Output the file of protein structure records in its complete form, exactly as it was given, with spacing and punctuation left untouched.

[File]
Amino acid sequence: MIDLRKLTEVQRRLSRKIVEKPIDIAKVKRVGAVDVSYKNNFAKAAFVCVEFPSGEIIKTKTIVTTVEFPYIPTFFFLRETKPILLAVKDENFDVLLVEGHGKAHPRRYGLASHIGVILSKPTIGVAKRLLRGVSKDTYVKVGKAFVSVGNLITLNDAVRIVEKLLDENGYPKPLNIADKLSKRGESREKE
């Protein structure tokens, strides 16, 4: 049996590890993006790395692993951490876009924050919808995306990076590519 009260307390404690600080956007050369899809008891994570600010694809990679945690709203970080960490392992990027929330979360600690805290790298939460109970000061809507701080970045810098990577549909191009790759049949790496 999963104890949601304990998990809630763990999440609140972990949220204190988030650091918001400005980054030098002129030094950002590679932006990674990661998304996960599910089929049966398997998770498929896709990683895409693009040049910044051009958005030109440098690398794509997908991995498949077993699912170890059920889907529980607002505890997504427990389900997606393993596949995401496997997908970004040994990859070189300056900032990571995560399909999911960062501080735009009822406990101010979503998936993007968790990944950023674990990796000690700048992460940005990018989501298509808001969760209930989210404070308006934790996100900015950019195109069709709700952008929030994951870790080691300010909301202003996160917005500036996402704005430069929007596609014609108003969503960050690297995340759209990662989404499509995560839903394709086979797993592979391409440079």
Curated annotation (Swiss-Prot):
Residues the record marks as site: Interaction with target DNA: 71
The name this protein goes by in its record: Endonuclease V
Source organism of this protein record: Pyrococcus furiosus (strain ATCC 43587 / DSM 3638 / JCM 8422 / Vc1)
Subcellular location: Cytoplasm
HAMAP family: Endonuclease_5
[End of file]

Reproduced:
Amino acid sequence: MIDLRKLTEVQRRLSRKIVEKPIDIAKVKRVGAVDVSYKNNFAKAAFVCVEFPSGEIIKTKTIVTTVEFPYIPTFFFLRETKPILLAVKDENFDVLLVEGHGKAHPRRYGLASHIGVILSKPTIGVAKRLLRGVSKDTYVKVGKAFVSVGNLITLNDAVRIVEKLLDENGYPKPLNIADKLSKRGESREKE
């Protein structure tokens, strides 16, 4: 049996590890993006790395692993951490876009924050919808995306990076590519 009260307390404690600080956007050369899809008891994570600010694809990679945690709203970080960490392992990027929330979360600690805290790298939460109970000061809507701080970045810098990577549909191009790759049949790496 999963104890949601304990998990809630763990999440609140972990949220204190988030650091918001400005980054030098002129030094950002590679932006990674990661998304996960599910089929049966398997998770498929896709990683895409693009040049910044051009958005030109440098690398794509997908991995498949077993699912170890059920889907529980607002505890997504427990389900997606393993596949995401496997997908970004040994990859070189300056900032990571995560399909999911960062501080735009009822406990101010979503998936993007968790990944950023674990990796000690700048992460940005990018989501298509808001969760209930989210404070308006934790996100900015950019195109069709709700952008929030994951870790080691300010909301202003996160917005500036996402704005430069929007596609014609108003969503960050690297995340759209990662989404499509995560839903394709086979797993592979391409440079």
Curated annotation (Swiss-Prot):
Residues the record marks as site: Interaction with target DNA: 71
The name this protein goes by in its record: Endonuclease V
Source organism of this protein record: Pyrococcus furiosus (strain ATCC 43587 / DSM 3638 / JCM 8422 / Vc1)
Subcellular location: Cytoplasm
HAMAP family: Endonuclease_5